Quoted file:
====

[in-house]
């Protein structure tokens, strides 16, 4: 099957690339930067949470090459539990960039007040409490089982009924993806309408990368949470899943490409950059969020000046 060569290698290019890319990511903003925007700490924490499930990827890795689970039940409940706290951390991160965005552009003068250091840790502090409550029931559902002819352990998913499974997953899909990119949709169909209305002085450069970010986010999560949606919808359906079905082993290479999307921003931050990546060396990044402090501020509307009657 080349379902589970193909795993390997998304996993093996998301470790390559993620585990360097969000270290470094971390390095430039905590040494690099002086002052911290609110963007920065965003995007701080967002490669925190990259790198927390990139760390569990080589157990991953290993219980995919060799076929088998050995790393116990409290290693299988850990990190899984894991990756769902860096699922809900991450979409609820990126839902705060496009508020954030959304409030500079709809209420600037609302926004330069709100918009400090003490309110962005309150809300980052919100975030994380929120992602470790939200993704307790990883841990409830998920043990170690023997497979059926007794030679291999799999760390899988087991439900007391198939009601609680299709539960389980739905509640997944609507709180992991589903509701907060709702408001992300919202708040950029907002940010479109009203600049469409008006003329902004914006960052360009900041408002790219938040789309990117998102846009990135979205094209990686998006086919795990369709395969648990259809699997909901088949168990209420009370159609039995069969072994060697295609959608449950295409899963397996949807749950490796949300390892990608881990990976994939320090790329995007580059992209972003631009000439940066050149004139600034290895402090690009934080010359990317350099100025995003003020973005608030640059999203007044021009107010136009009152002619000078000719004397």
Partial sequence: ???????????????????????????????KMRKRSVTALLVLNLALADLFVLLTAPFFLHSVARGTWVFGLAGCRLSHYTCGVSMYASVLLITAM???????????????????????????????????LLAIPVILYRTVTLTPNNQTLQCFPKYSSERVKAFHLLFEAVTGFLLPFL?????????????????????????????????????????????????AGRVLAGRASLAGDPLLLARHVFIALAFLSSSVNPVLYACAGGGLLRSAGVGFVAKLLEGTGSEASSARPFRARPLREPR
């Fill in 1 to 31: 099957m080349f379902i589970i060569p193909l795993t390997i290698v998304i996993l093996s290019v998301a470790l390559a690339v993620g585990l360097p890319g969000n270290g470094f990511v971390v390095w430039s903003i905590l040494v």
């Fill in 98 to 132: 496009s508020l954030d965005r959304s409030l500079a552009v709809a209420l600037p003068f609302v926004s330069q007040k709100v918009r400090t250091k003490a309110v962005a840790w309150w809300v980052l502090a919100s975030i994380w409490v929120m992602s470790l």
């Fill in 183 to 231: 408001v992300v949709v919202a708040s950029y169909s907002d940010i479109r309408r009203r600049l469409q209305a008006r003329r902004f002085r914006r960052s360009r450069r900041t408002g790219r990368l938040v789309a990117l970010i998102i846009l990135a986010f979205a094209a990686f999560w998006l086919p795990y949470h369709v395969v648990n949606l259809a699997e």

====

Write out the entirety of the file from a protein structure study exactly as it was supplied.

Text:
[in-house]
């Protein structure tokens, strides 16, 4: 099957690339930067949470090459539990960039007040409490089982009924993806309408990368949470899943490409950059969020000046 060569290698290019890319990511903003925007700490924490499930990827890795689970039940409940706290951390991160965005552009003068250091840790502090409550029931559902002819352990998913499974997953899909990119949709169909209305002085450069970010986010999560949606919808359906079905082993290479999307921003931050990546060396990044402090501020509307009657 080349379902589970193909795993390997998304996993093996998301470790390559993620585990360097969000270290470094971390390095430039905590040494690099002086002052911290609110963007920065965003995007701080967002490669925190990259790198927390990139760390569990080589157990991953290993219980995919060799076929088998050995790393116990409290290693299988850990990190899984894991990756769902860096699922809900991450979409609820990126839902705060496009508020954030959304409030500079709809209420600037609302926004330069709100918009400090003490309110962005309150809300980052919100975030994380929120992602470790939200993704307790990883841990409830998920043990170690023997497979059926007794030679291999799999760390899988087991439900007391198939009601609680299709539960389980739905509640997944609507709180992991589903509701907060709702408001992300919202708040950029907002940010479109009203600049469409008006003329902004914006960052360009900041408002790219938040789309990117998102846009990135979205094209990686998006086919795990369709395969648990259809699997909901088949168990209420009370159609039995069969072994060697295609959608449950295409899963397996949807749950490796949300390892990608881990990976994939320090790329995007580059992209972003631009000439940066050149004139600034290895402090690009934080010359990317350099100025995003003020973005608030640059999203007044021009107010136009009152002619000078000719004397």
Partial sequence: ???????????????????????????????KMRKRSVTALLVLNLALADLFVLLTAPFFLHSVARGTWVFGLAGCRLSHYTCGVSMYASVLLITAM???????????????????????????????????LLAIPVILYRTVTLTPNNQTLQCFPKYSSERVKAFHLLFEAVTGFLLPFL?????????????????????????????????????????????????AGRVLAGRASLAGDPLLLARHVFIALAFLSSSVNPVLYACAGGGLLRSAGVGFVAKLLEGTGSEASSARPFRARPLREPR
């Fill in 1 to 31: 099957m080349f379902i589970i060569p193909l795993t390997i290698v998304i996993l093996s290019v998301a470790l390559a690339v993620g585990l360097p890319g969000n270290g470094f990511v971390v390095w430039s903003i905590l040494v």
């Fill in 98 to 132: 496009s508020l954030d965005r959304s409030l500079a552009v709809a209420l600037p003068f609302v926004s330069q007040k709100v918009r400090t250091k003490a309110v962005a840790w309150w809300v980052l502090a919100s975030i994380w409490v929120m992602s470790l």
């Fill in 183 to 231: 408001v992300v949709v919202a708040s950029y169909s907002d940010i479109r309408r009203r600049l469409q209305a008006r003329r902004f002085r914006r960052s360009r450069r900041t408002g790219r990368l938040v789309a990117l970010i998102i846009l990135a986010f979205a094209a990686f999560w998006l086919p795990y949470h369709v395969v648990n949606l259809a699997e």